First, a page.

Children who view their environment as friendly and one that will provide positive outcomes are more likely to demonstrate achievement-oriented behavior. It is not enough to be confident that they have certain skills, they must expect that they will succeed if they put forth effort. Rathvon (1996) hypothesized that, “The underachiever’s failure to assume responsibility arises from his unconscious belief that his own efforts do not affect the events or individuals in his world” (p. 66).
Children’s perception of the friendliness of the environment may or may not be accurate. The first step is to determine whether students’ perceptions are distorted. If they are not, then changes need to be made in the environment. These changes must be implemented with input from the student. For example, if a child feels it is too noisy to study at home, ask the child what needs to be done to make it quiet enough. It may be as simple as asking, “What would it take for you do well?” Students must be involved in helping find solutions to the environmental roadblocks they perceive.
The factors of task value, self-efficacy, and environmental perceptions are critical to being motivated. But being motivated may not be sufficient. Students must be engaged in and complete the task. They may feel that math is important, believe that they can do well in mathematics, and like their school and teachers, but they do not follow through and execute the math assignment.
Many gifted students may lack the self-management strategies of time management and study skills. Because gifted students often progress through the early years of school without being challenged, they sometimes fail to develop the self-management skills that other students master. In the early grades, good memory and fast processing skills can compensate for note taking and other study skills. Often, educators attempt to teach students study skills before students need those skills to be successful. This process usually frustrates both the teachers and the students. Self-regulatory skills are more likely to be internalized when they are needed to solve the problem at hand. A solution to the problem is to provide gifted students with an academically challenging curriculum early, and throughout their school careers.
Another aspect of self-regulation involves setting personal standards. Some students may feel that what they are doing is “good enough.” If students haven’t been academically challenged in the past, they may believe they can achieve satisfactory results with very little effort. Gifted students may also underachieve to hide their need for perfectionism.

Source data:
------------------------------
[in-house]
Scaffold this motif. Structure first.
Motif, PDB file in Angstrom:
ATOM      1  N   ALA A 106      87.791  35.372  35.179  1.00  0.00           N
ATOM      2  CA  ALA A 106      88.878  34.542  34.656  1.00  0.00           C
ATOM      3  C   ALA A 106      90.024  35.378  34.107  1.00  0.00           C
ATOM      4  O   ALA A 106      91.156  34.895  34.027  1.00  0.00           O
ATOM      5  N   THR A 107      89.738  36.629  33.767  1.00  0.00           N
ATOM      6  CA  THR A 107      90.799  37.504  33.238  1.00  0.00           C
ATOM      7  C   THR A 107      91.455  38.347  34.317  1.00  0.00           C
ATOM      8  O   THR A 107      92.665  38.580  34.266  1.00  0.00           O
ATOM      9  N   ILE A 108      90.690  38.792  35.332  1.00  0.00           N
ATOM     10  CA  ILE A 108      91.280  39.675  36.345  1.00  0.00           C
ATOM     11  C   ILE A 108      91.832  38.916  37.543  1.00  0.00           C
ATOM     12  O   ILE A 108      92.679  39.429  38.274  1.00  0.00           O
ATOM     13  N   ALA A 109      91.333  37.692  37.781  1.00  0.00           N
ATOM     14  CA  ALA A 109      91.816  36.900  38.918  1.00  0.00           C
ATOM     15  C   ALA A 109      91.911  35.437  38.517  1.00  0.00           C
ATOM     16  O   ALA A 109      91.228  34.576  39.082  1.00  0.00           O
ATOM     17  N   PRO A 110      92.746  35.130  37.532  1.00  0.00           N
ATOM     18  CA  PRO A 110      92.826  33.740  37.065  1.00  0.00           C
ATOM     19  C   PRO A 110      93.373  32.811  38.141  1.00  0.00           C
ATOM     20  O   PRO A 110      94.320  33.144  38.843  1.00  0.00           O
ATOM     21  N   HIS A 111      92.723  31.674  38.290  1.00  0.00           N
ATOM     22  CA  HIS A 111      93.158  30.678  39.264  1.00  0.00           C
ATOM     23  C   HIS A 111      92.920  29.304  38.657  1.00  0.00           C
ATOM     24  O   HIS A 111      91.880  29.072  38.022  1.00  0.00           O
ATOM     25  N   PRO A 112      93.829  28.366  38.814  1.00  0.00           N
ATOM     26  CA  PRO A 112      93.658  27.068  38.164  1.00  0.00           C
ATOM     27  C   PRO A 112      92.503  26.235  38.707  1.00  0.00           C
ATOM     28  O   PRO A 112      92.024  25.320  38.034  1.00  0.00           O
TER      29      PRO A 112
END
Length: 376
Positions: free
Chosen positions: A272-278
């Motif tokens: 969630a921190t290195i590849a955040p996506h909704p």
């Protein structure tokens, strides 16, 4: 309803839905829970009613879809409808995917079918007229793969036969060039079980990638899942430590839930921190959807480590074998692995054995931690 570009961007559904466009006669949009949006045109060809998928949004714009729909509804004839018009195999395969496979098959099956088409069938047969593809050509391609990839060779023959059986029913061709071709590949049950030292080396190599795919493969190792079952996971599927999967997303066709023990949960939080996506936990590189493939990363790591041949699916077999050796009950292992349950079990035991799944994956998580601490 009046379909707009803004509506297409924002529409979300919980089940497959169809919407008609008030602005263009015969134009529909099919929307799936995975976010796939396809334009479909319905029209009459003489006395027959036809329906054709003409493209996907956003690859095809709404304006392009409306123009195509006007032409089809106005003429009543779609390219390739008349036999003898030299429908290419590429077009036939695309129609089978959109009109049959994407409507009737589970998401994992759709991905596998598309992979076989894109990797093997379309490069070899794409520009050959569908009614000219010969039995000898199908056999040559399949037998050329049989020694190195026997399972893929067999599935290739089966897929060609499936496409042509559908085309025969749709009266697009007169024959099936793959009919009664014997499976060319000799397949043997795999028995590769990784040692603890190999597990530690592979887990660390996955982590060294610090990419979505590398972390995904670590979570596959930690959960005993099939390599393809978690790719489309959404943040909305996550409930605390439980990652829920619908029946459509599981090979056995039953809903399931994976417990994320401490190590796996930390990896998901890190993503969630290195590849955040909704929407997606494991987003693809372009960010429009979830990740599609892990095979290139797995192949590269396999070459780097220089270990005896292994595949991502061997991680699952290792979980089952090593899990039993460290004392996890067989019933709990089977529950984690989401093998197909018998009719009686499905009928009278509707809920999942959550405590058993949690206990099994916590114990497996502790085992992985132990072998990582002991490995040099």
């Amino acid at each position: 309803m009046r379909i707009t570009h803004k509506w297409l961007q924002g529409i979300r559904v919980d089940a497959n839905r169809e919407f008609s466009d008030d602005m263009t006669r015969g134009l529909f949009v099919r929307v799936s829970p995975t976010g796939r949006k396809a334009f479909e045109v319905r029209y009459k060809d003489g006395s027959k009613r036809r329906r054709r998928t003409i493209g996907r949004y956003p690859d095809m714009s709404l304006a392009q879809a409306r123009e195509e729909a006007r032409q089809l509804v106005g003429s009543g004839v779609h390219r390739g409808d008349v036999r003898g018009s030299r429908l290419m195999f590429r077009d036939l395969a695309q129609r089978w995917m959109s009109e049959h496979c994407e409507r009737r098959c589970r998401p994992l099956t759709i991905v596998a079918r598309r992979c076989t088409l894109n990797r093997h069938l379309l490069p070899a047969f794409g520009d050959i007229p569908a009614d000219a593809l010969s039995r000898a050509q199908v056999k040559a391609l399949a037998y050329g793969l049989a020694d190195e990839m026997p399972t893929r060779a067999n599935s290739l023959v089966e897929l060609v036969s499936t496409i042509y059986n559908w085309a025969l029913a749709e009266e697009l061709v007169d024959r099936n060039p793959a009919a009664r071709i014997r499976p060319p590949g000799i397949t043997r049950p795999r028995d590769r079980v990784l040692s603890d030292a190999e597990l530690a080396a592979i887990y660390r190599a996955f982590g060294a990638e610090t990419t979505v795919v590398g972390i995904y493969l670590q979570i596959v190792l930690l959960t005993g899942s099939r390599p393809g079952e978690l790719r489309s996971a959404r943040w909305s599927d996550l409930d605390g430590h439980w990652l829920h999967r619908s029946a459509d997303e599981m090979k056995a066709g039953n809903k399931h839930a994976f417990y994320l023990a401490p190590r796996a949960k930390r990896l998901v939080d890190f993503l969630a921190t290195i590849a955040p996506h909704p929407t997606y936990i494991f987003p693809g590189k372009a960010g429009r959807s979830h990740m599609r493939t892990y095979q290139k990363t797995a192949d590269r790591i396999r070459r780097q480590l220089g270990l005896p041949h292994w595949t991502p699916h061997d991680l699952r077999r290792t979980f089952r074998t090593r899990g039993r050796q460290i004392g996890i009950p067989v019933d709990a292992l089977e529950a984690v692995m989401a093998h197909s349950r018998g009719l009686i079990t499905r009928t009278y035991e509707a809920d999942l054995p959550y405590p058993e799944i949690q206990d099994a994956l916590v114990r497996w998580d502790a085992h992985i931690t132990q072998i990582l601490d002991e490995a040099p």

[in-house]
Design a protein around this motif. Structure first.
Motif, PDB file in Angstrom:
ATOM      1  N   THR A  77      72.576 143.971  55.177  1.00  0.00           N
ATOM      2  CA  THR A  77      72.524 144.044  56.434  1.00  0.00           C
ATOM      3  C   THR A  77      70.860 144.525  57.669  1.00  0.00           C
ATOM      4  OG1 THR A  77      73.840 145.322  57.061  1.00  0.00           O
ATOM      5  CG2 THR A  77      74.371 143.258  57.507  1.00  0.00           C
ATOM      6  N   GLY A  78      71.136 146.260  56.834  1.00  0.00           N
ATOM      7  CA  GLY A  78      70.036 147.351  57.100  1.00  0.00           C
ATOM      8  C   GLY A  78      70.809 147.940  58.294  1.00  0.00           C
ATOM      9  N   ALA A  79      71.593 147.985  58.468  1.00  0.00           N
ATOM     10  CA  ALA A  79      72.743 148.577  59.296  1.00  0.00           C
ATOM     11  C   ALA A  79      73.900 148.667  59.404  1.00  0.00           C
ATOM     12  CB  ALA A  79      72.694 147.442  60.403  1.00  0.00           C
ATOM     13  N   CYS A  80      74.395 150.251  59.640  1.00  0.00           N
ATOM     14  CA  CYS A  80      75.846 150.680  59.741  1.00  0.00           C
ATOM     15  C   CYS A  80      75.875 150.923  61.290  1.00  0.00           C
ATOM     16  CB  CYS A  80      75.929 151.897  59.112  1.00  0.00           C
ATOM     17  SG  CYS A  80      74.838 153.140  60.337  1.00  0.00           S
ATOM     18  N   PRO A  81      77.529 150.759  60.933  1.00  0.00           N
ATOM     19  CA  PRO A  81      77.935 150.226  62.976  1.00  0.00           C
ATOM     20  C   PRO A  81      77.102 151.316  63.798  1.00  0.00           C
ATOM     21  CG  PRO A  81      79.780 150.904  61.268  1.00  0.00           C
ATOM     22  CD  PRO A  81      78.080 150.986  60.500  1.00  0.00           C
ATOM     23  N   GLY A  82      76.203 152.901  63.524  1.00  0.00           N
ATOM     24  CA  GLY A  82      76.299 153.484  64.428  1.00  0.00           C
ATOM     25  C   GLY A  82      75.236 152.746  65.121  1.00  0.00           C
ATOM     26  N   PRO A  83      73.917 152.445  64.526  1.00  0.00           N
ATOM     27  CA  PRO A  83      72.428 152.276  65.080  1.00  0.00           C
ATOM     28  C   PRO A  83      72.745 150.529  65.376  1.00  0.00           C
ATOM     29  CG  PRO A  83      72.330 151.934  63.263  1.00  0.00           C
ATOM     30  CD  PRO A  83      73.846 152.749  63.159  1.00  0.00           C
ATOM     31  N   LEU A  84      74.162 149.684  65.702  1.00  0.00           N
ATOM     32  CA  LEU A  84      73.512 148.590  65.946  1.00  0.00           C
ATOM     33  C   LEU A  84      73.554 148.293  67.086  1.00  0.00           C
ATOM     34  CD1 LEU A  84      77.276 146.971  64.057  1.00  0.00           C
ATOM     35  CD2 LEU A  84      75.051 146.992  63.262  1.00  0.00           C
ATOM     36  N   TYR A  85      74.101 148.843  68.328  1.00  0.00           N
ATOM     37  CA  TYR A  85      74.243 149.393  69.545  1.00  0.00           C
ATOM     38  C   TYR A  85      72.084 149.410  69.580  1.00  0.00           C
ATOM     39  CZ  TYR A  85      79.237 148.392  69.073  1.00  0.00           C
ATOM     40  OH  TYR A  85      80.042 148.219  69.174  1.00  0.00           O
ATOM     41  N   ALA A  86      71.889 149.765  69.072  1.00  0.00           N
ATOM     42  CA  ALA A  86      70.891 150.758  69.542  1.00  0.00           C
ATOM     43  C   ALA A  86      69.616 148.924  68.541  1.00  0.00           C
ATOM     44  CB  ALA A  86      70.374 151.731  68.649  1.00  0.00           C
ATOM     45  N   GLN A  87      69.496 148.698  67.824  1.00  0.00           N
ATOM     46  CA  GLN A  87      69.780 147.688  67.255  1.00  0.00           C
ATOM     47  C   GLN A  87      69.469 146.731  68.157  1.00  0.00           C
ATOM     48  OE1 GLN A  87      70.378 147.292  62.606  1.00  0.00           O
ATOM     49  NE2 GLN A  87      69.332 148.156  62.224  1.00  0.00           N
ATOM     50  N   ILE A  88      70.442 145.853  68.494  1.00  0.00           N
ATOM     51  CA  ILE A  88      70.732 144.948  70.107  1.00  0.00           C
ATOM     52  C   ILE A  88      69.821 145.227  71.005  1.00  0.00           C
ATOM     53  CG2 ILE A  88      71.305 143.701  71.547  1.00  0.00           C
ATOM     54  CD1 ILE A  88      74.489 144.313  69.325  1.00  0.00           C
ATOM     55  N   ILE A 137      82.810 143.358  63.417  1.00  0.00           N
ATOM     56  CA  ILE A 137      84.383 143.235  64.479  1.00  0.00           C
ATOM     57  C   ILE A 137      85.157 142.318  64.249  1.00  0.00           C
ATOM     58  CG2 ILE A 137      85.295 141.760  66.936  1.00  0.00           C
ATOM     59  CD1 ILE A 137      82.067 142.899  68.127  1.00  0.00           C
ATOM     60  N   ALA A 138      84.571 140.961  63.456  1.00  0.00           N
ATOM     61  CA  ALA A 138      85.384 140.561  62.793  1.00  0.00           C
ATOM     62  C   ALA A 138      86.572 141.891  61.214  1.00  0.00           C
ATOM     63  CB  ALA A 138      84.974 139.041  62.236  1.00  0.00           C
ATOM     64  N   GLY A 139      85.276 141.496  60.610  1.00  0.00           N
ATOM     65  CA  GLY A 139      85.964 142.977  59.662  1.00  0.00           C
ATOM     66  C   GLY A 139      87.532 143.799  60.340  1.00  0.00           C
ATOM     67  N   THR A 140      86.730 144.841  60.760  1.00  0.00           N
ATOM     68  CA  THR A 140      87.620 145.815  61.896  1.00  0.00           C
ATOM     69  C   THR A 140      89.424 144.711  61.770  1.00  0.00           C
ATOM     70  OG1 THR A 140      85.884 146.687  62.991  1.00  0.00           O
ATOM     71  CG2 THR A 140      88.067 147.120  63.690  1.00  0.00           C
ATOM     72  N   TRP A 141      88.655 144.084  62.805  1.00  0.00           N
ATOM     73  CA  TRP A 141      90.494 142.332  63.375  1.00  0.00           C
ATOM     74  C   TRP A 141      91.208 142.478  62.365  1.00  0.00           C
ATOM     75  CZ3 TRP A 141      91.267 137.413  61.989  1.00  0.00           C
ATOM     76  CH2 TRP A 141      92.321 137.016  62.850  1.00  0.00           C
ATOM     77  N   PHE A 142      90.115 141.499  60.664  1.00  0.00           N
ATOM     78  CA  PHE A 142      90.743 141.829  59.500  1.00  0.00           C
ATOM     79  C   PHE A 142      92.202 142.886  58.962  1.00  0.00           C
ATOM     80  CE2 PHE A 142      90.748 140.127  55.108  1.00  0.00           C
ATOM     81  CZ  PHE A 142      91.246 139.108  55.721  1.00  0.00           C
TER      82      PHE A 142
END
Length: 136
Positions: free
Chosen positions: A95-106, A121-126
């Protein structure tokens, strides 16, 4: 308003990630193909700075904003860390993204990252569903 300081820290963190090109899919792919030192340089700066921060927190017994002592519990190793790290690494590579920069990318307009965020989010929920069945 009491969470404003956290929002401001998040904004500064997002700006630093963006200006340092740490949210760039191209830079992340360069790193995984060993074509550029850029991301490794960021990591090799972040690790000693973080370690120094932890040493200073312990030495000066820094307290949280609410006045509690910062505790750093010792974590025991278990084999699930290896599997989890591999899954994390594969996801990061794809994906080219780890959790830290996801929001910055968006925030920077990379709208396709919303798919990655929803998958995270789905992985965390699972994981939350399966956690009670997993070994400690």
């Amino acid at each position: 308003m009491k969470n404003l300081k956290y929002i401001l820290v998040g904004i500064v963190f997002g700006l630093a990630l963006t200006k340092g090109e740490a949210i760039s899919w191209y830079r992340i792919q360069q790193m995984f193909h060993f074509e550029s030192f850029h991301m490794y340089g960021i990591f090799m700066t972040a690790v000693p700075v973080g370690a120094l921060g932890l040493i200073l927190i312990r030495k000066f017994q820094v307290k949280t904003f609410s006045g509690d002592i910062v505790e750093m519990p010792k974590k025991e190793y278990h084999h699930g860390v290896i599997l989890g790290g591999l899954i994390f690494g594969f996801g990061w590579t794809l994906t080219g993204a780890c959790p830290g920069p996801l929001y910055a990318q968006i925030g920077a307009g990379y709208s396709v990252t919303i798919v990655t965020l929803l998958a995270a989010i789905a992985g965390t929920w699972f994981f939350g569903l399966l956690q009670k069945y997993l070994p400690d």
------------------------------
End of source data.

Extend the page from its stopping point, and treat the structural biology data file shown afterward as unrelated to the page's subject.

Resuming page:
The third category of self-regulation is self-monitoring. These skills include monitoring distractibility, practicing delayed gratification, and awareness of performance avoidance.
- Encourage children to pursue excellence, rather than perfection. Adults can model acceptance of their mistakes while striving for excellence. Gifted students should not be expected, or expect, to complete every task, in every area, with 100% accuracy.
- Help students plan tasks. This serves two functions. First, it develops a mindset that the task is doable. Young people are often reluctant to begin a task because they are unsure how to begin. Second, it minimizes the unknown. Through planning, children can visualize a task coming to fruition.
- Help children set realistic expectations. This involves setting goals that are difficult enough to be challenging, yet not so difficult as to be unachievable and discouraging. Learning occurs best when new material cannot be mastered without assistance, but can be mastered with minor direction from someone more knowledgeable (Vygotsky, 1939/1962).
Much that motivates children is still a mystery. The suggestions presented in this article provide insights into some strategies that promote achievement-orientation. Parents can support students and encourage them to pursue their interests and passions. With a little effort, educators and parents can help students to see that what they are doing serves a purpose, to believe they have the skills to perform well, to trust that their environments will encourage their productivity, and to set realistic expectations for themselves. Early encouragement of achievement-oriented behaviors is a major step toward helping young people lead productive and fulfilling lives.
Bandura, A. (1986). Social foundations of thought and action: A social cognitive theory. Englewood Cliffs, NJ: Prentice-Hall.
Dweck, C. S. (1975). The role of expectations and attributions in the alleviation of learned helplessness. Journal of Personality and Social Psychology, 31, 674-685.
Rathvon, N. (1996). The unmotivated child: Helping your underachiever become a successful student. New York: Simon and Schuster.
Vygotsky. L. S. (1962). Thought and language. Cambridge: Massachusetts Institute of Technology. (Original work published 1939)
Wigfield, A. (1994). The role of children’s achievement values in the self-regulation of their learning outcomes. In D. H. Schunk & B. J. Zimmerman (Eds.), Self-regulation of learning and performance: Issues and educational applications (pp. 101-124). Mahwah, NJ: Erlbaum.
This full-text article is provided as a service of the Davidson Institute for Talent Development through its GT-CyberSource (www.gtcybersource.org).
The Davidson Institute for Talent Development is a 501(c)3 nonprofit operating foundation founded in 1999 by educational software entrepreneurs, Bob and Jan Davidson. The mission of the Davidson Institute is to recognize, nurture and support profoundly intelligent young people and to provide opportunities for them to develop their talents to make a positive difference.